Second, notice that the problem is not just in me, but me. “I am,” the problem with the world. If the problem were only something inside of me, I could take some medicine, or do something to fix it. But if the problem is me, myself, the solution requires somebody other than me.
So, while the first thing is to stop seeing the problem outside of yourself, the second thing is to start seeing the solution outside of yourself. Sin is the problem, and I cannot fix it. So I should abandon that project.
The problem with me is that I am a sinner. The solution is that Jesus takes away the sin of the world. Sin is the problem, and Jesus can fix it. So I should bring the problem to Him.
This is the whole point of Lent. Rather, it is the whole focus of the Christian life. When John the Baptist came preaching repentance, it was not some new self-discipline which would finally achieve salvation. “Repent,” means: turn away from yourself and your own self-help projects, and to “the Lamb of God who takes away the sin of the world” (John 1:29).
Repentance is the daily exercise of taking serious the fact that “I am the problem with the world today.” Repentance takes a sober look at my own contribution to the mess we are in. Repentance looks at the evils I do and says, “I don’t want to do that anymore.” Repentance looks at who I am and says, “I don’t want to be that anymore.”
But repentance doesn’t stop there. It is neither an exercise in self-loathing, nor an attempt to boot-strap yourself out of the hole. In repentance, we uncover these ugly realities because we want to bring them to Jesus. We know that what we cannot change, Jesus can. We know that the unforgivable can, indeed, be forgiven.
Jesus’ suffering and death on the cross earned forgiveness for the whole world – not just the best of us, or the chosen few. And Jesus rose from the grave to give out that forgiveness freely in His Church. “Wherever two or three are gathered together in My name, there I AM in their midst” (Matthew 18:20).
When and where your crucified and risen Creator forgives yours sins, you are truly forgiven, repaired, and restored. And where the one who is wrong with the world is fixed, the world is fixed with you.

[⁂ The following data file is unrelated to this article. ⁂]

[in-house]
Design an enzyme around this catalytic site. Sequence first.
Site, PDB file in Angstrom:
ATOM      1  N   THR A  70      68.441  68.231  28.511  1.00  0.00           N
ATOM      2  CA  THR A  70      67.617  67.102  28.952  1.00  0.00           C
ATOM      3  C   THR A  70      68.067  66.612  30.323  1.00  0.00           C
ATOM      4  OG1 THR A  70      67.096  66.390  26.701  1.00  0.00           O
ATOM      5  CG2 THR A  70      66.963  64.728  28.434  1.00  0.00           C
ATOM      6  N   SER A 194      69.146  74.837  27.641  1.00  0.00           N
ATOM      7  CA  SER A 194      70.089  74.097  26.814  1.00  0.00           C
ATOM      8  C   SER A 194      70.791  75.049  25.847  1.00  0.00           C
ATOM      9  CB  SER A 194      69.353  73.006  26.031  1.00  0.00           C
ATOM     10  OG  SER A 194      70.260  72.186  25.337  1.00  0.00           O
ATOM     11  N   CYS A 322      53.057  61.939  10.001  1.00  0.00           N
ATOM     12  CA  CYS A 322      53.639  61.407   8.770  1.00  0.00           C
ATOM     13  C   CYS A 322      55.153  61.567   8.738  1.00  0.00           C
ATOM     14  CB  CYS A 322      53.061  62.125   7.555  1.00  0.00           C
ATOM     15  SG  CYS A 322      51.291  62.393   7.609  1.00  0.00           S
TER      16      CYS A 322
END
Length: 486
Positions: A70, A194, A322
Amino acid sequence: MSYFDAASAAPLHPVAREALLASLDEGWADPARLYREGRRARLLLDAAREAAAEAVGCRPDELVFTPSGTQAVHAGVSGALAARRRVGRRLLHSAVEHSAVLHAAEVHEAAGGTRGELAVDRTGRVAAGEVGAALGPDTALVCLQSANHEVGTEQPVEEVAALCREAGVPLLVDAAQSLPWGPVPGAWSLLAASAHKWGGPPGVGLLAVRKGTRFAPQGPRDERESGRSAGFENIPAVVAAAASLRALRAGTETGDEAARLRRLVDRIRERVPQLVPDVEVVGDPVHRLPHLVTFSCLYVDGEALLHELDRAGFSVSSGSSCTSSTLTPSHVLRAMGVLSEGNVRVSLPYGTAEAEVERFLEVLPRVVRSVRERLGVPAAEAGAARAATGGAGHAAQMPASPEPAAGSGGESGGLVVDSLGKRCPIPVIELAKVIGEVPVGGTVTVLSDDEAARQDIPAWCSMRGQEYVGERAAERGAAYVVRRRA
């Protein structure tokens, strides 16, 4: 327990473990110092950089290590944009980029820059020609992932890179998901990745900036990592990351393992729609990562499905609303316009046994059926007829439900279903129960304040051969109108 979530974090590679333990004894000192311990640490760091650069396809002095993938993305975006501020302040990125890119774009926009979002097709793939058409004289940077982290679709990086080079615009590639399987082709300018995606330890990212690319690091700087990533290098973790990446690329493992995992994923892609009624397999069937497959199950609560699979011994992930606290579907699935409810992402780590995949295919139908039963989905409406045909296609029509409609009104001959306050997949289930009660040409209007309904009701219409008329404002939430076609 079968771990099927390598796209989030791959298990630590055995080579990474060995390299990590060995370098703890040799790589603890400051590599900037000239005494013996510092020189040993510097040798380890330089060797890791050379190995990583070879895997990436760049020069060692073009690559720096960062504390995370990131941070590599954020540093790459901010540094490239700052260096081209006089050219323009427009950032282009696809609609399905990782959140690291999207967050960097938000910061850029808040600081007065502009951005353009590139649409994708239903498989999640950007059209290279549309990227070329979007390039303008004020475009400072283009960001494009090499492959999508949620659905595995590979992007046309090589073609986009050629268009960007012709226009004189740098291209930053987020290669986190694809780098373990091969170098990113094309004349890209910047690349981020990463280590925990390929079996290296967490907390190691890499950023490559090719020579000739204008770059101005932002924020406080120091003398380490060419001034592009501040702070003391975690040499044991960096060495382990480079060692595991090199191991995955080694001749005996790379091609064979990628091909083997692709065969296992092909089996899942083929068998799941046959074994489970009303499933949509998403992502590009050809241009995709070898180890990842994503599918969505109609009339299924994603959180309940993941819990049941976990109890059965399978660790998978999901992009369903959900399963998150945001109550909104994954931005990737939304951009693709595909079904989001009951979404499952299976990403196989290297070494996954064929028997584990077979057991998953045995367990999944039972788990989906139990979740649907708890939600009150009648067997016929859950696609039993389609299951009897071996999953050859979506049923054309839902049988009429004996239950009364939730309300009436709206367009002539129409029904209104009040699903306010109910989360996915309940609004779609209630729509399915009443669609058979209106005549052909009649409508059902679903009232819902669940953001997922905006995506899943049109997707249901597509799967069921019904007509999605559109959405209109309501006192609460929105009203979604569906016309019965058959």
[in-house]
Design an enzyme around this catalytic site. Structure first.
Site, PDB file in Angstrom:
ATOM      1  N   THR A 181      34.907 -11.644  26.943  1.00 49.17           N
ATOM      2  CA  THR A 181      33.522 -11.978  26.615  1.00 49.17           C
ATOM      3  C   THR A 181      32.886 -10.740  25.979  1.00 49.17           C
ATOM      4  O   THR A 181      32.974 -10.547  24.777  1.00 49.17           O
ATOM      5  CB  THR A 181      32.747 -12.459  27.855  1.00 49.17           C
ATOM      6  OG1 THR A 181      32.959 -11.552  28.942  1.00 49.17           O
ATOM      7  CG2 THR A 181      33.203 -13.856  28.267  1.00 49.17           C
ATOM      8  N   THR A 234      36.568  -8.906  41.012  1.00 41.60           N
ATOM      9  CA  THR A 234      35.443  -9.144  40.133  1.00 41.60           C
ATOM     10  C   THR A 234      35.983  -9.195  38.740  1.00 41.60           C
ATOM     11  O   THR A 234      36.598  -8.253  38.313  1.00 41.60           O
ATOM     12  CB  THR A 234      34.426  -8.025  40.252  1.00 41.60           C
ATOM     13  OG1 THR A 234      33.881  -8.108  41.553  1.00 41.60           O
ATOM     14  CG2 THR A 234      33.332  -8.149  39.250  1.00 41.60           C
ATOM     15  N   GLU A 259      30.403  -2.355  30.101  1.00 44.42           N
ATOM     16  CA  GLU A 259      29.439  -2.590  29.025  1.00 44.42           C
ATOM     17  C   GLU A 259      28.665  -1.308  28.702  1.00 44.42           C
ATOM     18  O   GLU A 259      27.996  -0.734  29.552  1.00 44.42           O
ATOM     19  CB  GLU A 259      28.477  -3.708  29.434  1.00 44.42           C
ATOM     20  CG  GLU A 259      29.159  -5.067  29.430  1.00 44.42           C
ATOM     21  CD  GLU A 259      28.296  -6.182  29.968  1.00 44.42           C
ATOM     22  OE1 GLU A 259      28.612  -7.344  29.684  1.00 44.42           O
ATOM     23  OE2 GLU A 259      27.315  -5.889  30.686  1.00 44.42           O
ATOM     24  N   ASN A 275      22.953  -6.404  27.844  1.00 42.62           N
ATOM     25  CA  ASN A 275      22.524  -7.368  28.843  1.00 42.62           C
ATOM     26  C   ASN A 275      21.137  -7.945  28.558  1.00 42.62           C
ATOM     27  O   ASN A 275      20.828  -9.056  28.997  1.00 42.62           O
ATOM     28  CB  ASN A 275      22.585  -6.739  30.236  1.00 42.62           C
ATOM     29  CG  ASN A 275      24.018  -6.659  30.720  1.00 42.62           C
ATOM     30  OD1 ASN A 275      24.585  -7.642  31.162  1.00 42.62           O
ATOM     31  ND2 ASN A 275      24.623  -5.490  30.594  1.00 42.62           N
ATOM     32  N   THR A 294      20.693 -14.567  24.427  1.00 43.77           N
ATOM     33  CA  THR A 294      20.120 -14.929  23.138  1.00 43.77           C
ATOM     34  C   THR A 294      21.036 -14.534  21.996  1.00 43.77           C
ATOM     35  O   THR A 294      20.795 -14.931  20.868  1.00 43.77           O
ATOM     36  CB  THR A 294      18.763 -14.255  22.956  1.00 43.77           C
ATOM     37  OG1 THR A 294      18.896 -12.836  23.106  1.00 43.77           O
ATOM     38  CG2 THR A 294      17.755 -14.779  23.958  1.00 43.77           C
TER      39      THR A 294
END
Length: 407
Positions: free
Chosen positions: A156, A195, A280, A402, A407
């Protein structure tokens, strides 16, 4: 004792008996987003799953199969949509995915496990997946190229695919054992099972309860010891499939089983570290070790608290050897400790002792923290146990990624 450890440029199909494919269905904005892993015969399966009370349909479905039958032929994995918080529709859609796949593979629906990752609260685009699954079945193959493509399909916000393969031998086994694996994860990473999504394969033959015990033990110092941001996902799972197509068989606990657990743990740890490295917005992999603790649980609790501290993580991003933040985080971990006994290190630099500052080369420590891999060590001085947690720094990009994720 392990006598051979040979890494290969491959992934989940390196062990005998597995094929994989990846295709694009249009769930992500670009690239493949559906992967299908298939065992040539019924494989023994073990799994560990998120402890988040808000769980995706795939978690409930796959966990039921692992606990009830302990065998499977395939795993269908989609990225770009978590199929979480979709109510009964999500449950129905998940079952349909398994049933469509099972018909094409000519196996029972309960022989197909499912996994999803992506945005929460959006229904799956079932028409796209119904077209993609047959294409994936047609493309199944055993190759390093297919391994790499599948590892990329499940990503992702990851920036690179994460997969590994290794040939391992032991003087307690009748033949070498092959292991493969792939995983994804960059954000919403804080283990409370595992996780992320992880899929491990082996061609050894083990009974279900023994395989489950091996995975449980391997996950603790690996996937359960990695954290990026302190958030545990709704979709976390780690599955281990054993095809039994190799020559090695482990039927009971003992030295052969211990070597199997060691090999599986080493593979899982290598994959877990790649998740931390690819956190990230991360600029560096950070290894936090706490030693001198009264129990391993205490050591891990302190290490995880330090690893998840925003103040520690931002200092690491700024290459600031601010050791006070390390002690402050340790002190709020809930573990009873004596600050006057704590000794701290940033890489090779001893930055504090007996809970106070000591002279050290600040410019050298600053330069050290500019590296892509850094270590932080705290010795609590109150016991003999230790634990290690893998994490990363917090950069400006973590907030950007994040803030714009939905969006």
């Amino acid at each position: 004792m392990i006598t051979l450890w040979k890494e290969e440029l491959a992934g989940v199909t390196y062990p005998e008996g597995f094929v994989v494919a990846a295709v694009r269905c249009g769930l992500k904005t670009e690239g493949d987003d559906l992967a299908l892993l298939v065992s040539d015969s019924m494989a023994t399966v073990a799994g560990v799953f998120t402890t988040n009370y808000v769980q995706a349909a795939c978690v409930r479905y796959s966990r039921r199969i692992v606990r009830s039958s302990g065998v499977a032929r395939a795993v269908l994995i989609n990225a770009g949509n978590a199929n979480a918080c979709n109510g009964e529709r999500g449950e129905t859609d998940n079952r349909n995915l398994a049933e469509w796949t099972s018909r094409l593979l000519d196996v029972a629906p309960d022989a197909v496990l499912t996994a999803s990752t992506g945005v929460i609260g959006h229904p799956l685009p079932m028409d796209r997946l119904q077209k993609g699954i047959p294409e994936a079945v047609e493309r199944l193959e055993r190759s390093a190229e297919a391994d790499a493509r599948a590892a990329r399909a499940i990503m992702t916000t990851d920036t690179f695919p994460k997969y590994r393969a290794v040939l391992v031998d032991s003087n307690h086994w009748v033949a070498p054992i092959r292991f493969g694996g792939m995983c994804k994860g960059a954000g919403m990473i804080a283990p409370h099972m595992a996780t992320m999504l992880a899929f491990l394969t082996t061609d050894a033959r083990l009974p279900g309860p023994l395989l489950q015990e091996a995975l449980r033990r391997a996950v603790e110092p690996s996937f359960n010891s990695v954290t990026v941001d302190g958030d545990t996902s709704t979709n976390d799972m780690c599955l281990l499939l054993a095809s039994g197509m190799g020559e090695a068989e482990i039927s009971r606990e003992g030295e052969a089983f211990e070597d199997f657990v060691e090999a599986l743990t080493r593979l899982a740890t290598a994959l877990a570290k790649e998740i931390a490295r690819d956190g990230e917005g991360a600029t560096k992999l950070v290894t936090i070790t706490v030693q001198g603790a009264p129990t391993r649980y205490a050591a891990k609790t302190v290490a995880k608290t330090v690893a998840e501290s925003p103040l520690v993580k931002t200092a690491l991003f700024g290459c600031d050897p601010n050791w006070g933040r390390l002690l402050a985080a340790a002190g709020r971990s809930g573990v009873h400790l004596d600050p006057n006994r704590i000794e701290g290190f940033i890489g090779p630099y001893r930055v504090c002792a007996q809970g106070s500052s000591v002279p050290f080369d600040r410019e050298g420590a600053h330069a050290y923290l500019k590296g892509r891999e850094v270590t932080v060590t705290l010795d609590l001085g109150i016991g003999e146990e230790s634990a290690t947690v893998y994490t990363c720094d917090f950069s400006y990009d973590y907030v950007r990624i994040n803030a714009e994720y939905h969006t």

Tuesday, January 3, 2017
Pastor Lange recently published the following article in the January, 2017 Lutheran Witness
Until recently, Living Wills were rare. But now we are compelled to consider them with every visit to the doctor. Living Wills convey our wishes to care-givers when we no longer can. They can either designate durable power of attorney for someone to make our treatment decisions, or they specify treatment options, like “Do Not Resuscitate” (DNR), hospice, etc.
Does faith in a gracious God who creates, redeems, and sanctifies human life make our approach to these things different from the world's? Yes, as different as heaven and earth.
We believe that every day we breath is God's gift. “I believe that God has made me and all creatures; that He has given me my body and soul, eyes, ears, and all my members, my reason and all my senses and still takes care of them.” (SC).
The unbelieving world is afraid that medical miracles might keep their bodies alive long after their souls have become useless. But Christians have no such fear. We know that the miracle of life is for body and soul together. When you are in God's hands, there is never any danger that He might keep our bodies alive longer He Himself wants to. And we are always in God's hands.
"Whether we live or die, we are the Lord's” (Rm 14:8). We need not fear either living too long or dying too soon. The real danger is not what might happen to our bodies, but what is happening to our souls.
Jesus' human life began with his conception and continued right on through His burial. So also our own. At His crucifixion, He remained True Man, not vegetable. He was loved and served to the very end. Then, in faith until His dying breath, He commended His soul into God's hands.